You may ask why the 10 acres was an important number for us. We determined pretty quickly that we are not people who enjoy living in neighborhoods. We like our space, our privacy, and peace and quiet. We want land that we can do as we please, with no expectations or judgment about when we choose to mow our lawn, what we choose to do with our land, and no eavesdropping ears when relaxing in our backyard. We looked at lots with a few acres, we looked at lots with 5 acres, and neither were enough. Many of these parcels were awkwardly shapes – long skinny rectangles that once you build on, you find yourself right next to your neighbors despite all your acreage. This is true even on larger parcels, and with 10 acres, we still had to look for something that was a wider rectangle versus a skinny strip of land. You always have to keep in mind the possibility of new future neighbors building on undeveloped land around you. It’s the risk you take, so there is a benefit in having the adjacent properties already being developed so you know who sits where.


The property we purchased is raw land, which means no water, sewer, or electrical have been set up. These will all be completed as part of our construction loan. Not having completed this part of the process, I can’t speak to too much of it yet. We’ve received estimates on all of them though and knew what to expect based on previous research of costs, so it came as no surprise that a large portion of our budget would be set aside for this. One thing to keep in mind is the further your property is from the road, the higher some costs will be. Electrical and gas are all priced per linear foot. Our property is far from the road which provides a lot of privacy, but higher expenses up front for getting settled in with utilities and a road. Wells and septic systems will vary in price depending on location. Septic system pricing all depends on your soil type, and the price of wells depend on how deep you need to drill (priced per foot), so it’s good to know what other wells are like in the area you are looking. Some rural areas do have access to city water, but there can be hefty fees for hooking up to it. It can be nice knowing that you always have water accessible and no chance of your well drying up in the future. Costs of land jump dramatically when utilities are already available, but there is certainly peace of mind in having these ready to go.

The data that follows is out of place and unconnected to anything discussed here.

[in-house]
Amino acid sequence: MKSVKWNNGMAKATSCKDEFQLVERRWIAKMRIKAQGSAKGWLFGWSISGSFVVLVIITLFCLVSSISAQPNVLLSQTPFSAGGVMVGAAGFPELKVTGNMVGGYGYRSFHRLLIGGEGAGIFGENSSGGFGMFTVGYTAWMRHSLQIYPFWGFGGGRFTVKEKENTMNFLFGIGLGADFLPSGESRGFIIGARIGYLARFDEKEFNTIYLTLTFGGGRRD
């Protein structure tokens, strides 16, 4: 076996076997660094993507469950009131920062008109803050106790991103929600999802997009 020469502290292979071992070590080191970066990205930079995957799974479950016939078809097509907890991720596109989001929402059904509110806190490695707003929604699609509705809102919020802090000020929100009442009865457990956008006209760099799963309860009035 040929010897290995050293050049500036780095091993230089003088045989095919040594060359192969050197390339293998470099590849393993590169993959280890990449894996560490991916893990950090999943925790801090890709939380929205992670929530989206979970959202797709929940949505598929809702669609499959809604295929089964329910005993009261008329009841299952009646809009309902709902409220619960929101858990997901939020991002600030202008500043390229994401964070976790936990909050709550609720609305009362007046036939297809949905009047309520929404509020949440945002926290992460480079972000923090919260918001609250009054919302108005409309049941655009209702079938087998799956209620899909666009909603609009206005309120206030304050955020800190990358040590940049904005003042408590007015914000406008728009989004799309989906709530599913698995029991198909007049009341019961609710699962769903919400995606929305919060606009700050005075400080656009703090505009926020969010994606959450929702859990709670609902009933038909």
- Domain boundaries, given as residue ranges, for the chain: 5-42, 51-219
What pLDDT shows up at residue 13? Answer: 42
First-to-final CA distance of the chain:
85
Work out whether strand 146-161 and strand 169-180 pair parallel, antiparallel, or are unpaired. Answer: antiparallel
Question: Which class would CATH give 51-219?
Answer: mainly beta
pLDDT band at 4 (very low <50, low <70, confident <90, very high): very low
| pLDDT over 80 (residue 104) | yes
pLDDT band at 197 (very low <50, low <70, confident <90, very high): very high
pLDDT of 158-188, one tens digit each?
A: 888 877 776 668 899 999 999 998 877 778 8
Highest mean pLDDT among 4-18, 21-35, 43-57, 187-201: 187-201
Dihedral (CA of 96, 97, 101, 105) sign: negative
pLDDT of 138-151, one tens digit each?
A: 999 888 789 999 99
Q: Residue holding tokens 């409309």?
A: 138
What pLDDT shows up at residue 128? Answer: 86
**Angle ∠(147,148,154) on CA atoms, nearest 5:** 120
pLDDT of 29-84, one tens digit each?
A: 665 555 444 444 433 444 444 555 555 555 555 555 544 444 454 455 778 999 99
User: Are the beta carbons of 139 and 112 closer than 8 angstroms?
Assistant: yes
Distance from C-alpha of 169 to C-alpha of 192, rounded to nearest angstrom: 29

Is the land covered in trees that may require some clearing? It is flat or steep or somewhere in between? Is it rocky? Is there water, ponds, wetlands, or streams causing potential flood zones (think of insurance)? We looked at a variety of land types in our search and were quickly able to eliminate parcels based on their usability. We found properties as steep as a mountain, covered in water, or totally inaccessible by road. You also have to consider their accessibility and use in different seasons. Some roads were hardly developed and while we made it to the final destination, we had to consider that during winter, we probably wouldn’t be able to get in or out. The land we chose was open with minimal trees, some flat areas for easy building, and some rolling hills which lends itself to a beautiful view. My dream was to have water nearby, whether a pond or stream or really anything for outdoor play for our daughter. I was sure we’d never find something within our budget with this, but we did! Our property has a little stream running through it which was a huge selling point for us. However, with this amazing feature comes a few things to consider – the responsibility of maintaining a bridge, safety issues with having children (thankfully the stream is very far from the majority of our property), and we will have to provide proper paperwork that our home is not anywhere near the flood zone in order to eliminate the need for flood insurance.